Posts Tagged ‘Myriad Genetic’


Invitae been Sued for BRCA1/2 Patent Violation by Myriad Genetics

Reporter: Aviva Lev-Ari, PhD, RN

Myriad Genetics Sues Invitae over BRCA1/2 Gene Patents

November 26, 2013

NEW YORK (GenomeWeb News) – Myriad Genetics has sued a fifth firm alleging infringement of its patents covering BRCA1 and BRCA2 gene testing.

In a lawsuit filed on Monday in US District Court for the District of Utah, Central Division, Myriad claims that Invitae infringes 11 patents held by Myriad, along with other assignees – the University of Utah Research Foundation, the Trustees of the University of Pennsylvania, HSC Research Development Limited Partnership (Hospital for Sick Children in Toronto), and Endorecherche.

Each of the assignees are listed as plaintiffs in the case, the latest volley by Myriad as it tries to fend off competitors following a decision by the US Supreme Court in Junethat invalidated certain claims by Myriad. The court found that human genes cannot be patented, but that synthetic DNA is patentable.

In its complaint, Myriad accuses Invitae – which was formed in the summer of 2012 from a Genomic Health subsidiary, also called InVitae, combined with a genetics firm called Locus Development – of infringing 11 patents. They are US Patent No. 5,747,282; No. 5,753,441; No. 6,033,857; No. 6,051.379; No. 6.951,721; No. 7,250,497; No. 7,470,510; No. 7,622,258; No. 7,838,237; No. 7,670,776; and No. 7,563,571.

Myriad asks the court for damages, a temporary and permanent injunction against Invitae from selling or using products it believes infringes on its patents, and the delivery of all products to Myriad that it believes infringes the patents.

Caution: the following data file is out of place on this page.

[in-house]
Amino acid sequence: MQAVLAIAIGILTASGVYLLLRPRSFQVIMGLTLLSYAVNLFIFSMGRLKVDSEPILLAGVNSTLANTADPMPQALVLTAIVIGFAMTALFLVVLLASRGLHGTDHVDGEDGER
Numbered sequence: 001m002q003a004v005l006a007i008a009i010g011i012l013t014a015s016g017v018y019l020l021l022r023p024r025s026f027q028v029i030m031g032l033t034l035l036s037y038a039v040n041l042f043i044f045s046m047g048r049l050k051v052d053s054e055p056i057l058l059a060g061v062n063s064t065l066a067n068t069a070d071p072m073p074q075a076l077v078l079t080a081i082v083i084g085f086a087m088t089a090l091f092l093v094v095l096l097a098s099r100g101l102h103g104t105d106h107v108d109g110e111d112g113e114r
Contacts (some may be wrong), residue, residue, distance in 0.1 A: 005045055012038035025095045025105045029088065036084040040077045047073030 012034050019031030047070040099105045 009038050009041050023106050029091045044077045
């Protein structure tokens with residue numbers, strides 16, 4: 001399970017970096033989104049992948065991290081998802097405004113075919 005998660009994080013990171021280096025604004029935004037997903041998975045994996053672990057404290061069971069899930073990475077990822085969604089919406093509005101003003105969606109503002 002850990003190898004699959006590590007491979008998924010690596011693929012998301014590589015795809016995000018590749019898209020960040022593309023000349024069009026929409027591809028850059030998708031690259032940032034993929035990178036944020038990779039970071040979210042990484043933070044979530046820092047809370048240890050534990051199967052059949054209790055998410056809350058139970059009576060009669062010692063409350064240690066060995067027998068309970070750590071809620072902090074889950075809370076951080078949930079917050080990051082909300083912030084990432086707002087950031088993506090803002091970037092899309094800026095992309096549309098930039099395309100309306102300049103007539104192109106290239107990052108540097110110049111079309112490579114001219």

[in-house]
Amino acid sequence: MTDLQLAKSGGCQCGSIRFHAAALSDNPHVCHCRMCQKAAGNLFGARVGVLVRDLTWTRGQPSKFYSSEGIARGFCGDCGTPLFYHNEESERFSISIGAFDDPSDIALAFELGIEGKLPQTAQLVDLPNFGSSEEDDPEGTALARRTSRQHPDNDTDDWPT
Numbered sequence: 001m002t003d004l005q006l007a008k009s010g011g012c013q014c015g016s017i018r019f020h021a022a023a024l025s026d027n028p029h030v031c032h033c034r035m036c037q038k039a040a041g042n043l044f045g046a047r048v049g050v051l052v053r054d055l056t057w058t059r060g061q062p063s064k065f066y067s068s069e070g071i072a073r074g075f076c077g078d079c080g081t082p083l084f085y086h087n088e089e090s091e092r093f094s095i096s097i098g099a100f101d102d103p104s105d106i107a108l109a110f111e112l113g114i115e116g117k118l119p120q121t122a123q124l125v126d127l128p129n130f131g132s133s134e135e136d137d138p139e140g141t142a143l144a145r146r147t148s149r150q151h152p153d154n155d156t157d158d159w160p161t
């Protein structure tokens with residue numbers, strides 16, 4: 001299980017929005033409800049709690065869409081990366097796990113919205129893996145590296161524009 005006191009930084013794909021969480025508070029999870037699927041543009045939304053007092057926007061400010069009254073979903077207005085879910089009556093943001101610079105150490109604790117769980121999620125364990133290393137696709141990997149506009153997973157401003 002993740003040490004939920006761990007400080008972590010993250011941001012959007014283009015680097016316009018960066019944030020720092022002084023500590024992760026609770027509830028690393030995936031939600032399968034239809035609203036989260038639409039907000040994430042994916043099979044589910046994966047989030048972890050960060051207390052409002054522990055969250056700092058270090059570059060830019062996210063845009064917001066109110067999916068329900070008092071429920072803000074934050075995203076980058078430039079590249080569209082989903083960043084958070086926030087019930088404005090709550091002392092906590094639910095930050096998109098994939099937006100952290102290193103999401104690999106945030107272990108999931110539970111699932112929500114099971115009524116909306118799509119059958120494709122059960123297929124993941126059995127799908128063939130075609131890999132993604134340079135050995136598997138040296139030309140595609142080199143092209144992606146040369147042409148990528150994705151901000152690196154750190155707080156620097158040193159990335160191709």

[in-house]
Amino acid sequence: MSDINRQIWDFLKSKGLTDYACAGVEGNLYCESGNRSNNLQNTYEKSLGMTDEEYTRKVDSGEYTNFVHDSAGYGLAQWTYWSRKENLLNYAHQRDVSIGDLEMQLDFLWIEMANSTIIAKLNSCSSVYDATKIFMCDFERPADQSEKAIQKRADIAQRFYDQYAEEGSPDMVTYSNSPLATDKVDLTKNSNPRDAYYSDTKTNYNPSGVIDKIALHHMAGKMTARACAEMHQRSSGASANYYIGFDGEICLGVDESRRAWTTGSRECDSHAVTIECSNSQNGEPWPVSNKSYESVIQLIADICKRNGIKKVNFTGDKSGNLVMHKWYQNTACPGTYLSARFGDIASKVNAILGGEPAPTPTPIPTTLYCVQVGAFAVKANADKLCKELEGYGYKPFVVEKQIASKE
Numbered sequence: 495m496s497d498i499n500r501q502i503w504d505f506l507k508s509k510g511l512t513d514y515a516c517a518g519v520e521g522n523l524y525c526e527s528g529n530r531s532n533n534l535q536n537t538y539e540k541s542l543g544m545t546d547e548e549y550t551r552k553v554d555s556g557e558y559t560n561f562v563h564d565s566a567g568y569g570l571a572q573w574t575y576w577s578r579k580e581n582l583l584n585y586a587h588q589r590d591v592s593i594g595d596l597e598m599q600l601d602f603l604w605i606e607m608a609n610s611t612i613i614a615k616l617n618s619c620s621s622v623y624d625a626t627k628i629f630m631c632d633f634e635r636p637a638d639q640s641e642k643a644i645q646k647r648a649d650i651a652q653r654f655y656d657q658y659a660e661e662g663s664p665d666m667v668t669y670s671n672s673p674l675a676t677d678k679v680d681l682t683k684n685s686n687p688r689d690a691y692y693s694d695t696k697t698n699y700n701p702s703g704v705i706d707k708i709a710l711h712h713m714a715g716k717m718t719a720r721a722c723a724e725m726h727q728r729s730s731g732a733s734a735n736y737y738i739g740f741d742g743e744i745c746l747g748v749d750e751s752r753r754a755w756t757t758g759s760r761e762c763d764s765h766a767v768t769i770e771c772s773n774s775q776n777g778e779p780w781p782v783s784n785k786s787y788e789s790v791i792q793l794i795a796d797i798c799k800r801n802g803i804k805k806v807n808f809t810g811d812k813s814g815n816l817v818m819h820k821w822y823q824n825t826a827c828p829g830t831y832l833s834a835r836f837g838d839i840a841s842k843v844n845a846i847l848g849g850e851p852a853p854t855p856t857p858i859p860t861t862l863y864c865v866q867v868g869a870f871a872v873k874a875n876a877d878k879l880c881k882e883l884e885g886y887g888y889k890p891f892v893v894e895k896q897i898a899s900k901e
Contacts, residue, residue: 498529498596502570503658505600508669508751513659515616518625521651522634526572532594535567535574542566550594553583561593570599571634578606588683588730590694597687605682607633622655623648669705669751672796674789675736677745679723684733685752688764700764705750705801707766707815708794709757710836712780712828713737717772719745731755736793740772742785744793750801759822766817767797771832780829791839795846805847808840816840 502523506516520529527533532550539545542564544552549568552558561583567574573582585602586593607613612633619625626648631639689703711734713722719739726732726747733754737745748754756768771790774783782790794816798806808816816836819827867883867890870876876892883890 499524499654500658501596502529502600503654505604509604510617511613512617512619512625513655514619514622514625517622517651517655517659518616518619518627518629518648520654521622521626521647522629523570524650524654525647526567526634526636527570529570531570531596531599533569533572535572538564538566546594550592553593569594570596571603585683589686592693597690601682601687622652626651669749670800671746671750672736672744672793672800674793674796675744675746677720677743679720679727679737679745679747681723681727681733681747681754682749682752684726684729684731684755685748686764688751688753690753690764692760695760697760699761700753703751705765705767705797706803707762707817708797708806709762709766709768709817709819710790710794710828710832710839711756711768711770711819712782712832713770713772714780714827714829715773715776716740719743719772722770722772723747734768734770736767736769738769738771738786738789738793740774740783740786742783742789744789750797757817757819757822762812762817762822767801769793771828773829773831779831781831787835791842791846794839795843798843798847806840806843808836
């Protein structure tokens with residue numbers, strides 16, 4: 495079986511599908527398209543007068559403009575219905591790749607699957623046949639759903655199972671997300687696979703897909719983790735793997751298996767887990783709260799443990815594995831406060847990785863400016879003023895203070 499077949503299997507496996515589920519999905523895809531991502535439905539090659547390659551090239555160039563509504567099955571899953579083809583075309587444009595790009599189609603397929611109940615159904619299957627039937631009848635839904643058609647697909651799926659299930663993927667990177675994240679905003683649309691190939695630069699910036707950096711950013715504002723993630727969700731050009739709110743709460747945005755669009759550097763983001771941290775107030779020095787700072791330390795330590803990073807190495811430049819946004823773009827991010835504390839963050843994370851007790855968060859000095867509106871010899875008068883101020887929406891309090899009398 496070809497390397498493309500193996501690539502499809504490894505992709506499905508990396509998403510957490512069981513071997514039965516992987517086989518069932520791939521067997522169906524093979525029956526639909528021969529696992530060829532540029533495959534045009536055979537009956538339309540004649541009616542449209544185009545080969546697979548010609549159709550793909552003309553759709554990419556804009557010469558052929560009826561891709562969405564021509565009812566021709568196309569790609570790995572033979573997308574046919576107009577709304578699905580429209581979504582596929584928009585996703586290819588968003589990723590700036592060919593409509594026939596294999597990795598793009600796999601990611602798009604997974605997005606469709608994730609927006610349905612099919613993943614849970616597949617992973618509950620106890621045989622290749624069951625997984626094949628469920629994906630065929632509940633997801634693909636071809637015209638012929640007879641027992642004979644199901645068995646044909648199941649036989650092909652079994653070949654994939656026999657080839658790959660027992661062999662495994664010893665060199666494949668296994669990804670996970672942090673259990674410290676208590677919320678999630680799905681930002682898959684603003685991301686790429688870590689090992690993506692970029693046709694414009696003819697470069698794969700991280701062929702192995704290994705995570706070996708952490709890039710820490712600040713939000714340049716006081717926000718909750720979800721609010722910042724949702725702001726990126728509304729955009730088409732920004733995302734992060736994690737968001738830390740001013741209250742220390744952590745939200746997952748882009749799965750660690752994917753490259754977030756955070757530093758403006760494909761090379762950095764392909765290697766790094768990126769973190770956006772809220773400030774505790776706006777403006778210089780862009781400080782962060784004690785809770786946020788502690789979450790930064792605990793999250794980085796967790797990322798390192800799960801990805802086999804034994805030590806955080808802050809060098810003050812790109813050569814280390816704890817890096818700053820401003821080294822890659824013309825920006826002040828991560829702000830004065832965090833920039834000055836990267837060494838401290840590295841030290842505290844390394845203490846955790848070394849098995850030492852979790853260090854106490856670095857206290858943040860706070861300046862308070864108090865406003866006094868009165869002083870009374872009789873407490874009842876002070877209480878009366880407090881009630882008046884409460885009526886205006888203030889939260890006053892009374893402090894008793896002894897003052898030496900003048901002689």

Invitae in a statement on Tuesday called the lawsuit meritless and said it would defend itself vigorously, noting the June SCOTUS ruling, as well as an earlier SCOTUS ruling, Mayo Collaborative Services v. Prometheus Labs.

“The breast cancer community will benefit from these decisions with the introduction of multiple new diagnostic tests to analyze BRCA1 and BRCA2 mutations, increasing the availability and options for patients and physicians,” Invitae said.

The company’s Co-founder Randy Scott added, “The issue of DNA patents goes far beyond BRCA testing. Our company was founded around the core belief that every individual has the right to self-knowledge (meaning they have a right to know their own DNA sequence information), and we believe that the Supreme Court rulings validate our view that no company can claim ownership over naturally occurring genetic information.”

Invitae offers full gene sequencing for both BRCA1 and BRCA2 with deletion and duplication analysis for $1,500, it said.

The company is one of several that since the SCOTUS ruling have launched their own BRCA1/2 gene tests, going head to head with Myriad’s BRACAnalysis test, which prior to the ruling had had a monopoly on the US BRCA1/2 test market.

Myriad has responded to those launches by taking its competitors to court. Before this week’s lawsuit, the Salt Lake City-based firm sued Ambry GeneticsGene by Gene,GeneDx, and most recently Quest Diagnostics.

Ambry and Gene by Gene have countersued Myriad alleging it of antitrust violations, while Quest and another firm, Counsyl, separately sued Myriad seeking preemptive declarations that they do not infringe Myriad’s patents.